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Mary Wollstonecraft: A Revolutionary Life

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Mary Wollstonecraft

Mary Wollstonecraft

Columbia University Press
Mary Wollstonecraft (1759-1797) has been a controversial figure in history, not only because of her writings and ideas, but also because of her life. Writers have attempted to discover the roots of her various passions, deciphering the language of her life and words. In this book, Janet Todd presents the first new study of Mary Wollstonecraft to appear in 30 years.
Todd follows the life of Wollstonecraft, starting with her early days at home. Her childhood was not a very happy time... Todd writes, "It was all conventional enough, but Mary later resented what she heard of her early life: '[A mother's] parental affection... scarcely deserves the name, when it does not lead her to suckle her children." Todd further writes, "Mary is unlikely to have been silent about her irritation at her family, or, looking at her father, about the uselessness of sacrifice to such a cause."

When she nursed her mother through the final days of her life, Wollstonecraft wrote, "To be a good mother--a woman must have sense, and that independence of mind which few women possess who are thought to depend entirely on their husbands."

Beyond Motherhood

Considered by many to be the "mother of feminism", Mary Wollstonecraft was also mother to Fanny and Mary, though she died after giving birth to Mary. Beyond her motherhood roles, she filled many other roles, including those of companion, governess, author, lover, friend, and wife. Todd explores each of these roles in detail, flushing out the family ties as well as the friendships and romantic relationships. She also explains the way in which Wollstonecraft attempted to reconcile the different roles.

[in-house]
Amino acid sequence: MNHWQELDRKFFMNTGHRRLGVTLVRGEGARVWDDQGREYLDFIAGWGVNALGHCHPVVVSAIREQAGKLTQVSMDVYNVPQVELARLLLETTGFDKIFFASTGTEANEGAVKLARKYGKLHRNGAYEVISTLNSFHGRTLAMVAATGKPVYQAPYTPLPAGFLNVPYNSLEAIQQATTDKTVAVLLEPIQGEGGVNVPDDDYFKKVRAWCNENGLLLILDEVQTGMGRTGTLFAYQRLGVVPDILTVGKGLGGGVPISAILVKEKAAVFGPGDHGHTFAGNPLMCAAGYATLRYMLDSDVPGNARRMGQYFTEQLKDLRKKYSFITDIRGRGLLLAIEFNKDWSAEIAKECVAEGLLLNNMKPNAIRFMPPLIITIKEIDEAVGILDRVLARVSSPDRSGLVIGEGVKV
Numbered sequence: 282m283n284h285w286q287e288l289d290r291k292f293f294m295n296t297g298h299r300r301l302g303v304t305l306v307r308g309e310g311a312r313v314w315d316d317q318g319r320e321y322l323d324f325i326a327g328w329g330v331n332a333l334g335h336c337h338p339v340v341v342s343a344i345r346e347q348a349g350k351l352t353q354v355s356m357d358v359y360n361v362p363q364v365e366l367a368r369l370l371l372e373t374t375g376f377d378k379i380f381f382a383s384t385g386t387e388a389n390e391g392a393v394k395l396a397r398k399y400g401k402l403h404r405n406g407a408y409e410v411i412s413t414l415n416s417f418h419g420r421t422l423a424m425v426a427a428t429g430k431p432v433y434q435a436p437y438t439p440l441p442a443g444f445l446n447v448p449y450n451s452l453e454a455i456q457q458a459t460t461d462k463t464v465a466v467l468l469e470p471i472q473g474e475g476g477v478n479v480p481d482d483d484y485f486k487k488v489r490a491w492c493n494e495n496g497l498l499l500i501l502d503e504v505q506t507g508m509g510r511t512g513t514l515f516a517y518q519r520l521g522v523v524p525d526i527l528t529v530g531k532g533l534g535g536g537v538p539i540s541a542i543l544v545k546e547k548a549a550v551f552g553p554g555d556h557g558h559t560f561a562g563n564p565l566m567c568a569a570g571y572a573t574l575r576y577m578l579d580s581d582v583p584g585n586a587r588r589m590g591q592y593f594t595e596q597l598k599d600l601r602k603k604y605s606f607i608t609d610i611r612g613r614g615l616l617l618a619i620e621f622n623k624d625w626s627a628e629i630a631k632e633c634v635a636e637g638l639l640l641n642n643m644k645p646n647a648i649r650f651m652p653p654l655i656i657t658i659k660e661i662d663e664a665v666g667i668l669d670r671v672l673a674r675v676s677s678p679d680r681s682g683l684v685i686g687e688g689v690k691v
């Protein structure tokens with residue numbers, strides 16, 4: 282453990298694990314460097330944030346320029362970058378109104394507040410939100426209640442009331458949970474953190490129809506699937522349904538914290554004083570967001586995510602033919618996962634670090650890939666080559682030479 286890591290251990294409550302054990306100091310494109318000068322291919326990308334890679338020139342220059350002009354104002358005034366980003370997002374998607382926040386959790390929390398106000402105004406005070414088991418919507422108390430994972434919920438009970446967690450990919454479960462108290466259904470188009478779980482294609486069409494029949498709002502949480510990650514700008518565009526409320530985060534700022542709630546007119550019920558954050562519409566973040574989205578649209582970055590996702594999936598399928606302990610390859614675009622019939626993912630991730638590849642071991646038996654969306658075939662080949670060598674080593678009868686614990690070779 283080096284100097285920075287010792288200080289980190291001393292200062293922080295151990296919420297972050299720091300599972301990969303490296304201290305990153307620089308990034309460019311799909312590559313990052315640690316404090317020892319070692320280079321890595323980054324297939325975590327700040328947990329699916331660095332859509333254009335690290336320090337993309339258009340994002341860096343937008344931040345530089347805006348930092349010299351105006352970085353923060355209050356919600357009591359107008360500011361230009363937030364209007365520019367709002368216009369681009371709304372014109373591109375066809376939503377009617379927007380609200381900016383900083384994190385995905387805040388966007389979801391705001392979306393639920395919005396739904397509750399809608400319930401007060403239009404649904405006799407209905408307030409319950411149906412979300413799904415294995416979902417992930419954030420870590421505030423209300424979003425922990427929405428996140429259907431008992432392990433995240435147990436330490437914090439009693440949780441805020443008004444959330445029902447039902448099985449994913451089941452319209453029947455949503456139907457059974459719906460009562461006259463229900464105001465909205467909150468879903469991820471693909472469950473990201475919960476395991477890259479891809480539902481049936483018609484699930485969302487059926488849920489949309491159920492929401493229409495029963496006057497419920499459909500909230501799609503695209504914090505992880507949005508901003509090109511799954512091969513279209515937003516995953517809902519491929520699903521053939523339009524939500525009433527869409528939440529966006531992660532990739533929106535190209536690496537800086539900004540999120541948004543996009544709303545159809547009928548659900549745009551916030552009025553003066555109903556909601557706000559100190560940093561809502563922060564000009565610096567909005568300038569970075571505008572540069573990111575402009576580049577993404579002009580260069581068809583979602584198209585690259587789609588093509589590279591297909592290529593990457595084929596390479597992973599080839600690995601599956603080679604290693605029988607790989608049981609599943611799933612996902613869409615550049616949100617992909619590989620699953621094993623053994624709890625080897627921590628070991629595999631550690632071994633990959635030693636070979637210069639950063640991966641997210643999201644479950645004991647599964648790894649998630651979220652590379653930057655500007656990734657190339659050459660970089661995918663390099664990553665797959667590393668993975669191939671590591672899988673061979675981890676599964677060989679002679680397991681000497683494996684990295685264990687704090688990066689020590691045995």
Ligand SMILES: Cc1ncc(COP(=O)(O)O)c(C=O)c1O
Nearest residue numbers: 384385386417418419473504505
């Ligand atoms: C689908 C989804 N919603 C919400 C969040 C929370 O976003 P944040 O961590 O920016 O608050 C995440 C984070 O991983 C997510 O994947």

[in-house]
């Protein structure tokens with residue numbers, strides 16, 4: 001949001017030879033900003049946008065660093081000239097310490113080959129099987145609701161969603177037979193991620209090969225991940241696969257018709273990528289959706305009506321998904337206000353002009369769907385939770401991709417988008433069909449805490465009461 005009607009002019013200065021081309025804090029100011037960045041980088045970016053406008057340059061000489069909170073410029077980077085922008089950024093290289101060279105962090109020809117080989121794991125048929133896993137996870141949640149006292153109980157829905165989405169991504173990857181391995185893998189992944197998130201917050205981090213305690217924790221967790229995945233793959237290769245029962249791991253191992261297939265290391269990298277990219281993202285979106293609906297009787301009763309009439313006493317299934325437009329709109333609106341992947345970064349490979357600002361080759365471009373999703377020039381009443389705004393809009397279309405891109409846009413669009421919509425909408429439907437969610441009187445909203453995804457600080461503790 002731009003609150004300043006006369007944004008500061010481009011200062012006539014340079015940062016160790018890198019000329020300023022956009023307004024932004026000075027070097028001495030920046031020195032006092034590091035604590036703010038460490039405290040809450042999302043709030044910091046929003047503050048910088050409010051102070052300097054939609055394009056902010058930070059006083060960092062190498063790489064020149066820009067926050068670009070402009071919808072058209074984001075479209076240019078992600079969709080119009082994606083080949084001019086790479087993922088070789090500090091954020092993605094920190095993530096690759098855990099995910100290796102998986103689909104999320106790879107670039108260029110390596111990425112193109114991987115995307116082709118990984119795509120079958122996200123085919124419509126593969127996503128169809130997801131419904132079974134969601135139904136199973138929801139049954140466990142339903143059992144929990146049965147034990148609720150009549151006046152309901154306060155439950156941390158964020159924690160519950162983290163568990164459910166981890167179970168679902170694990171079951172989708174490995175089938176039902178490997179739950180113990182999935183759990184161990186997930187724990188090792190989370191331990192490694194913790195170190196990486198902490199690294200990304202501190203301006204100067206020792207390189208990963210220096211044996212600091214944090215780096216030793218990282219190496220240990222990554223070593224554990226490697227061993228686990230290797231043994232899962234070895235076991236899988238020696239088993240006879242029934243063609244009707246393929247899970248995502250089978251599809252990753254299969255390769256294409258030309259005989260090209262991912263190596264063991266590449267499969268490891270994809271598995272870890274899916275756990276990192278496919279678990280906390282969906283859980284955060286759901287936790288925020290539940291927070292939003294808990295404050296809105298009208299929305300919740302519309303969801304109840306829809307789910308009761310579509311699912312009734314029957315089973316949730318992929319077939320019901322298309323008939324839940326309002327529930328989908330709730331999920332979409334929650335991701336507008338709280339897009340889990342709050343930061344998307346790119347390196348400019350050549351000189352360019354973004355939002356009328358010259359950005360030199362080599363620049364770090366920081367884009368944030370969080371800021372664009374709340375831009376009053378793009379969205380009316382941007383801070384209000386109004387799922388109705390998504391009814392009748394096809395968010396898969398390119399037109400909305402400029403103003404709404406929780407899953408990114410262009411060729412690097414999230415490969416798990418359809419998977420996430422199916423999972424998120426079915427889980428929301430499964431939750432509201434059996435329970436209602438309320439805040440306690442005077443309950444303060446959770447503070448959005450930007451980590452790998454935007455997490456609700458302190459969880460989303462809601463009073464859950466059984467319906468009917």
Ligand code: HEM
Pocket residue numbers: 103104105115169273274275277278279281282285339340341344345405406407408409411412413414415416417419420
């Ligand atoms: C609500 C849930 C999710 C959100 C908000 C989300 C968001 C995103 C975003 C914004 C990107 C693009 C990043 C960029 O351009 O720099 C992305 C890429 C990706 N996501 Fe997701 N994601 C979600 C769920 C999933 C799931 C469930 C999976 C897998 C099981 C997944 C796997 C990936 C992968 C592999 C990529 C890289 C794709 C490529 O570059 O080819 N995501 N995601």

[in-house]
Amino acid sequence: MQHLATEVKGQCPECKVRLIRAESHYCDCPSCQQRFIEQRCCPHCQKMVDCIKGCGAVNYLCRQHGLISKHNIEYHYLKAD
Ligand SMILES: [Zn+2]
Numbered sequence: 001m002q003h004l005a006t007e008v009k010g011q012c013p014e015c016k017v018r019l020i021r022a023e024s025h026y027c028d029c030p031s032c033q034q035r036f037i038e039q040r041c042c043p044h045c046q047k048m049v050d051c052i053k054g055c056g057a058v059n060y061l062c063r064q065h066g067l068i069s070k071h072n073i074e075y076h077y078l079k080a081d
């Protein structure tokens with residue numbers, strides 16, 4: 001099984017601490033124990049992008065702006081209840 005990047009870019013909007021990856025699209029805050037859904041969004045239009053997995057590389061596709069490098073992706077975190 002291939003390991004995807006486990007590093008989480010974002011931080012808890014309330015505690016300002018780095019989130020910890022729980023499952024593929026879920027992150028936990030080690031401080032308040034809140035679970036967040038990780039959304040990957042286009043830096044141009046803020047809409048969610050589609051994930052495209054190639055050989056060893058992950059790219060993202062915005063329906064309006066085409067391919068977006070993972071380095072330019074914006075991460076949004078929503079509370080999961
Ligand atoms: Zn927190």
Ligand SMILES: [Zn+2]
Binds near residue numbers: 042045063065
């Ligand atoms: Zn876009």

Wollstonecraft determined to be an author as she wrote, "I am then going to be the first of a new genus. You know I am not born to tread in the beaten track--the peculiar bent of my nature pushes me on." Todd says, "In Wollstonecraft's writing, a new female consciousness comes into being, one that valued and reflected endlessly on its own workings, refusing to acknowledge anything absurd in the stance."
Through the years, her work developed to the point where "A Vindication on the Rights of Women" was possible. The work was published in 1791; and, although she received some praise for the work, the book was also criticized as "unfeminine."

It's probably not surprising that Wollstonecraft's work should be viewed with some shock and consternation. She was, after all, challenging social norms. Wollstonecraft quotes Rousseau as saying, "Educate women like men... and the more they resemble our sex the less power will they have over us." She then says, "This is the very point I aim at. I do not wish them to have power over men; but over themselves."
A Life of Turmoil

Wollstonecraft managed to create a substantial body of work, made up of several novels; many essays, reviews, books of advice, and many letters. But, her life was also fraught with disappointment and depression, which let her to attempt suicide several times.

Wollstonecraft writes, "I am a strange compound of weakness and resolution! However, if I must suffer, I will endeavour to suffer in silence. There is certainly a great defect in my mind -- my wayward heart creates its own misery -- Why I am mad thus I cannot tell; and till I can form some idea of the whole of my existence, I must be content to weep and dance like a child--long for a toy, and be tire of it as soon as I get it."

Janet Todd explores this troubled life with care and expertise, never sugar-coating the horrors of Wollstonecraft's life. She argues that Wollstonecraft's life and letters are her most lasting legacy as "She strove to reconcile integrity and sexual desire, the duties and needs of women, motherhood and intellectual life, domesticity and fame."

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